6) The Tragedy of the John Hawkes Snubbing
There's no one-to-one relationship with who "takes" someone else's nomination, because, of course, we never really know. But the omission of John Hawkes for The Sessions! He played a mostly immobilized polio survivor who wants to lose his virginity! It was beautiful. It was transformative. And it's such a sweet, funny movie. In an alternate universe, he would not only be nominated, he would win.
7) Best Actress Oddities: No Marion Cotillard, No Helen Mirren!
It's not like Helen Mirren lit the world on fire in Hitchcock, but conventional wisdom was that she was likely to appear in this category because she is Helen Mirren. And usually that mere fact is enough. Cotillard's absence (for Rust and Bone) is a huge surprise, however — she was considered a sure bet. Instead, there are three women in the category who were all maybes: Emmanuelle Riva (Amour), Naomi Watts (The Impossible), and Quvenzhané Wallis (Beasts of the Southern Wild). (Ha, I just called Wallis a woman even though she's nine! Love that kid.) Anyway. No Cotillard. It's a weird one.
8) Lots of "Amour"
This Michael Haneke movie — about an aging French couple trapped by health declines — won the Palme d'Or at Cannes, and everyone loves it. But the number of nominations (five) is a surprise; foreign films often get shoved into the foreign category with perhaps one acting nomination. Instead, Amour is right out front, with Best Picture, Best Director (Haneke), Riva for Best Actress, and Haneke for Best Original Screenplay. The fifth nomination is for Best Foreign Film: if any fool will bet you against it, take their money.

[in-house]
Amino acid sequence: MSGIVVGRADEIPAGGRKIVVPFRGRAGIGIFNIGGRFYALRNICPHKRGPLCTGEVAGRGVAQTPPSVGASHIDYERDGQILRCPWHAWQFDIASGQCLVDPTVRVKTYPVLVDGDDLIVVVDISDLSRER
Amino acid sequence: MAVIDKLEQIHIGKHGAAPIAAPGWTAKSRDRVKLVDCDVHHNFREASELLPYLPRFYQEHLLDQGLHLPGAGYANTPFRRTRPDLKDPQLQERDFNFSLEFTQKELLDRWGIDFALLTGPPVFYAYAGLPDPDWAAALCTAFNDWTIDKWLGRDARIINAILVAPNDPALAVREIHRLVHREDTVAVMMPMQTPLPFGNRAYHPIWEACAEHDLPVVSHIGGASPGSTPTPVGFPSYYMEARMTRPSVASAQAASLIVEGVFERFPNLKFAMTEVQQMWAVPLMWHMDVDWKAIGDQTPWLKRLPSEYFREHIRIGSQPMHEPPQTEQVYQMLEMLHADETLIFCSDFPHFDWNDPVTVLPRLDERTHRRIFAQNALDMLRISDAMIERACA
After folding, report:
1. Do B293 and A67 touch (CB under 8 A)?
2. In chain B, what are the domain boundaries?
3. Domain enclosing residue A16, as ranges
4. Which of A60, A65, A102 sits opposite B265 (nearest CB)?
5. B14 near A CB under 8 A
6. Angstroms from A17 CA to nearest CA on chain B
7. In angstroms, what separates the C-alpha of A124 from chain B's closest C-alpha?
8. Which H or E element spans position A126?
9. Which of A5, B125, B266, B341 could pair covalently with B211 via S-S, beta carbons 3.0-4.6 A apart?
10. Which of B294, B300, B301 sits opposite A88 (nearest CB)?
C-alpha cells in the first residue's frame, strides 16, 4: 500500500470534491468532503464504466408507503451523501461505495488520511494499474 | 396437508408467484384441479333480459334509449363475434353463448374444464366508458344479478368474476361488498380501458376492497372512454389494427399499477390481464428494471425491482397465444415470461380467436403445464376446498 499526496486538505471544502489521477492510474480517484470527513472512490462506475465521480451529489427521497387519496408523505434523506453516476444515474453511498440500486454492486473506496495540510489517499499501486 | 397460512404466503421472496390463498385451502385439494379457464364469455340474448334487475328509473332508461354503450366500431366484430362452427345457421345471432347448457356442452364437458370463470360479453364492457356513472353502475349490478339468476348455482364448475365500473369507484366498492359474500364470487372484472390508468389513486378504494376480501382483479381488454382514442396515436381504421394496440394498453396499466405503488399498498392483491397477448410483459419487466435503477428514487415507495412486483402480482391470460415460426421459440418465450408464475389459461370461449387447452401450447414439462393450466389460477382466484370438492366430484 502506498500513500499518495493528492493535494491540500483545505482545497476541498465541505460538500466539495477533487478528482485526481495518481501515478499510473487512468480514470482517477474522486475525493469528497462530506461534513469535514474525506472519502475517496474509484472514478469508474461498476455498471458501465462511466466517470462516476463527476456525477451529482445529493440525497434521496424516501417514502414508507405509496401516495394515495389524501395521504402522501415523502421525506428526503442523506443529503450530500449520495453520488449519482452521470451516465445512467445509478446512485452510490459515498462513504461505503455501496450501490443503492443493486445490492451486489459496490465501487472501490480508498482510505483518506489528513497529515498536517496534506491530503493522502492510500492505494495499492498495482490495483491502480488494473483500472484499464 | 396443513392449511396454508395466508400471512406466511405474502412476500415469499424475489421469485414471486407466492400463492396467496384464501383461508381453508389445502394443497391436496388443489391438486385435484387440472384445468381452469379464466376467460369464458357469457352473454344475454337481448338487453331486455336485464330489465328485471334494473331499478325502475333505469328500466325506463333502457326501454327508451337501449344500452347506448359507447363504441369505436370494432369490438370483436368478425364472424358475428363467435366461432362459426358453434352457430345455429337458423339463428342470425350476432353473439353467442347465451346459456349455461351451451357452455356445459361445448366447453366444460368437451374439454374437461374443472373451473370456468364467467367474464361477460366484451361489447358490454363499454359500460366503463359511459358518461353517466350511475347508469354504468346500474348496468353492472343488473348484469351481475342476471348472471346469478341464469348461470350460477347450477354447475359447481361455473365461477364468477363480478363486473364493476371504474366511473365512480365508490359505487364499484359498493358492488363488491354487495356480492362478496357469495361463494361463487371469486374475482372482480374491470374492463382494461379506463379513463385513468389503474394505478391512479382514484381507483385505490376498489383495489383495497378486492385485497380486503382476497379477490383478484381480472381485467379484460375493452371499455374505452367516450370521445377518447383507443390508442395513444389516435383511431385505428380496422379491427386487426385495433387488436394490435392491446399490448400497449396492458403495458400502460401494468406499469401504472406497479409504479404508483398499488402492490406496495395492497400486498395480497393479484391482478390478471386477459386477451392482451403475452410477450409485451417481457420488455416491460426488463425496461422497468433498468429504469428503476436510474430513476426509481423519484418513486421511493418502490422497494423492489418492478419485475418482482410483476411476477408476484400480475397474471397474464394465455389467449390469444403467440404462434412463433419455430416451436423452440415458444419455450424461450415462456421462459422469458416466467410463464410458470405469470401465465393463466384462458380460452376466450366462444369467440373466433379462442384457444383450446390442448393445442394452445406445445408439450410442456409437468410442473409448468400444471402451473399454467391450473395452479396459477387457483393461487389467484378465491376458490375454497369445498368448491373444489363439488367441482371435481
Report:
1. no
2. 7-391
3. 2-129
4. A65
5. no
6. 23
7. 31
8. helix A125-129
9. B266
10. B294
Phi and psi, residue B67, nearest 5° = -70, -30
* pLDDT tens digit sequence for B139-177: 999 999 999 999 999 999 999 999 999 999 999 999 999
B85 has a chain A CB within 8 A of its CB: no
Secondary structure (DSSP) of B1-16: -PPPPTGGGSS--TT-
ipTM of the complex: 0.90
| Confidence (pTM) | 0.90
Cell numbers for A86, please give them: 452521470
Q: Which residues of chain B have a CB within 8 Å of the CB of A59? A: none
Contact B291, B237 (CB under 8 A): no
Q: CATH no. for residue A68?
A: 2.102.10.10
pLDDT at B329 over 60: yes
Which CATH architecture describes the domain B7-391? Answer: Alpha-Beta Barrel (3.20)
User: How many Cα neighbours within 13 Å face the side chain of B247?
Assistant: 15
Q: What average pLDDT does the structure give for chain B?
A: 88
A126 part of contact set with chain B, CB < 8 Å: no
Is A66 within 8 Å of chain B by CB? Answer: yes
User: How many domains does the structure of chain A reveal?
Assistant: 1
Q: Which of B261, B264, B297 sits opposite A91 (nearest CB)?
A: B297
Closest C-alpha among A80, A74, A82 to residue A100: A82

9) No Quentin for Best Director
The strangeness in the Best Director category continues here. Quentin Tarantino is always a wild card, and so was Django Unchained. But it was nominated for Best Picture, which was very iffy — so you'd think it would then follow that Tarantino would get in as well. Nope!
10) So Much "Beasts of the Southern Wild"!
The Sundance sensation Beasts of the Southern Wild wasn't eligible for a lot of the guild-sponsored awards (because it was non-union), and it got left out entirely by Golden Globe voters, whose tastes are generally the opposite of this odd American movie with a black cast. So it wouldn't have been a shock if that lack of momentum and presence had translated into no Oscar nominations. Instead, the film did well — four nominations, including for Best Picture! Benh Zeitlin in the Best Director category is the biggest surprise, and pundits will puzzle over whether he got Bigelow's or Affleck's spot. Fun trivia: Wallis (who played the heroine Hushpuppy) is the youngest person ever nominated for Best Actress, and Riva for Amour is the oldest (at 85).
11) "Dark Knight Rises" Shut Out Entirely
There's always talk about a massive blockbuster like Dark Knight Rises possibly getting a Best Picture nomination. And it so rarely happens — this year, that talk focused on Dark Knight and Skyfall, with a little Avengers whispering as well. As usual, none was nominated for Best Picture. But for Dark Knight Rises not to be nominated for Visual Effects is completely insane!